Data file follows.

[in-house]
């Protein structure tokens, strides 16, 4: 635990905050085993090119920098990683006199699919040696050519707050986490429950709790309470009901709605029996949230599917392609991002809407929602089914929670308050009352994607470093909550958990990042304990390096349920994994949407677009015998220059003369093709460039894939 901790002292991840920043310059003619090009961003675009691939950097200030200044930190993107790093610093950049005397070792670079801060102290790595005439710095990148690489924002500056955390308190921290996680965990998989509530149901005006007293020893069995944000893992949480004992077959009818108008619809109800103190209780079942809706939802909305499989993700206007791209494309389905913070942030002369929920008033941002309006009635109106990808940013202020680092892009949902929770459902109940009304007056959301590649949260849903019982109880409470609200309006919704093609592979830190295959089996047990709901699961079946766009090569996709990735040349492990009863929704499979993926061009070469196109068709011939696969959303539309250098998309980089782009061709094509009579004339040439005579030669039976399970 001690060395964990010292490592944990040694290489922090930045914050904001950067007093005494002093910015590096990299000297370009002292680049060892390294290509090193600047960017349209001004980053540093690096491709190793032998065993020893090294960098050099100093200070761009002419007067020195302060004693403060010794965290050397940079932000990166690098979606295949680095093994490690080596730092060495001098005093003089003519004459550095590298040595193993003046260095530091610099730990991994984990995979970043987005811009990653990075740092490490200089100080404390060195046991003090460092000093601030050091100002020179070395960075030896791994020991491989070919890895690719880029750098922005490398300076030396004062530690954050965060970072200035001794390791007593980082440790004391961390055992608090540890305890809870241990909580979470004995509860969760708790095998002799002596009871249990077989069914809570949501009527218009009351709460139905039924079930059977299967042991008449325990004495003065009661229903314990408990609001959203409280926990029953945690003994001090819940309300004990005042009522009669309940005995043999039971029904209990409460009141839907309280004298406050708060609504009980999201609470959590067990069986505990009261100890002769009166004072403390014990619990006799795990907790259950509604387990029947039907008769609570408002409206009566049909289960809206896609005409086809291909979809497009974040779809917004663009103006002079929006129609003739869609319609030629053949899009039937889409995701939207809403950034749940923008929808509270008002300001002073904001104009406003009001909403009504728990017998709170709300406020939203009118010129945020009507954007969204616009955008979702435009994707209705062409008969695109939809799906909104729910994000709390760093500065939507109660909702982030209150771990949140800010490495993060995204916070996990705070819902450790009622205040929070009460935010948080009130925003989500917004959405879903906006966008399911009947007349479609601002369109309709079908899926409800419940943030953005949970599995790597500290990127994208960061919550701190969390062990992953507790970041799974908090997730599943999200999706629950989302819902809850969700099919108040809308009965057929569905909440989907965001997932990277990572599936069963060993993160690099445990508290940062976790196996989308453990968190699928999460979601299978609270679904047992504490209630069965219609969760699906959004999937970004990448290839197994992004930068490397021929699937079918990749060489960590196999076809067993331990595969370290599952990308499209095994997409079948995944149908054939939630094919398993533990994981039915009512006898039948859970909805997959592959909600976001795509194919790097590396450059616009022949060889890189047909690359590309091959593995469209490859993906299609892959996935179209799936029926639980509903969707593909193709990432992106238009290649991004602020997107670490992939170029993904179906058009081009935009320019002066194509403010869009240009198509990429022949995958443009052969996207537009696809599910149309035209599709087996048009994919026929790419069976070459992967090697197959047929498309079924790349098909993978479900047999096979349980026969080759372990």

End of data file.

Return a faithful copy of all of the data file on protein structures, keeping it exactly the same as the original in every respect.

[in-house]
């Protein structure tokens, strides 16, 4: 635990905050085993090119920098990683006199699919040696050519707050986490429950709790309470009901709605029996949230599917392609991002809407929602089914929670308050009352994607470093909550958990990042304990390096349920994994949407677009015998220059003369093709460039894939 901790002292991840920043310059003619090009961003675009691939950097200030200044930190993107790093610093950049005397070792670079801060102290790595005439710095990148690489924002500056955390308190921290996680965990998989509530149901005006007293020893069995944000893992949480004992077959009818108008619809109800103190209780079942809706939802909305499989993700206007791209494309389905913070942030002369929920008033941002309006009635109106990808940013202020680092892009949902929770459902109940009304007056959301590649949260849903019982109880409470609200309006919704093609592979830190295959089996047990709901699961079946766009090569996709990735040349492990009863929704499979993926061009070469196109068709011939696969959303539309250098998309980089782009061709094509009579004339040439005579030669039976399970 001690060395964990010292490592944990040694290489922090930045914050904001950067007093005494002093910015590096990299000297370009002292680049060892390294290509090193600047960017349209001004980053540093690096491709190793032998065993020893090294960098050099100093200070761009002419007067020195302060004693403060010794965290050397940079932000990166690098979606295949680095093994490690080596730092060495001098005093003089003519004459550095590298040595193993003046260095530091610099730990991994984990995979970043987005811009990653990075740092490490200089100080404390060195046991003090460092000093601030050091100002020179070395960075030896791994020991491989070919890895690719880029750098922005490398300076030396004062530690954050965060970072200035001794390791007593980082440790004391961390055992608090540890305890809870241990909580979470004995509860969760708790095998002799002596009871249990077989069914809570949501009527218009009351709460139905039924079930059977299967042991008449325990004495003065009661229903314990408990609001959203409280926990029953945690003994001090819940309300004990005042009522009669309940005995043999039971029904209990409460009141839907309280004298406050708060609504009980999201609470959590067990069986505990009261100890002769009166004072403390014990619990006799795990907790259950509604387990029947039907008769609570408002409206009566049909289960809206896609005409086809291909979809497009974040779809917004663009103006002079929006129609003739869609319609030629053949899009039937889409995701939207809403950034749940923008929808509270008002300001002073904001104009406003009001909403009504728990017998709170709300406020939203009118010129945020009507954007969204616009955008979702435009994707209705062409008969695109939809799906909104729910994000709390760093500065939507109660909702982030209150771990949140800010490495993060995204916070996990705070819902450790009622205040929070009460935010948080009130925003989500917004959405879903906006966008399911009947007349479609601002369109309709079908899926409800419940943030953005949970599995790597500290990127994208960061919550701190969390062990992953507790970041799974908090997730599943999200999706629950989302819902809850969700099919108040809308009965057929569905909440989907965001997932990277990572599936069963060993993160690099445990508290940062976790196996989308453990968190699928999460979601299978609270679904047992504490209630069965219609969760699906959004999937970004990448290839197994992004930068490397021929699937079918990749060489960590196999076809067993331990595969370290599952990308499209095994997409079948995944149908054939939630094919398993533990994981039915009512006898039948859970909805997959592959909600976001795509194919790097590396450059616009022949060889890189047909690359590309091959593995469209490859993906299609892959996935179209799936029926639980509903969707593909193709990432992106238009290649991004602020997107670490992939170029993904179906058009081009935009320019002066194509403010869009240009198509990429022949995958443009052969996207537009696809599910149309035209599709087996048009994919026929790419069976070459992967090697197959047929498309079924790349098909993978479900047999096979349980026969080759372990």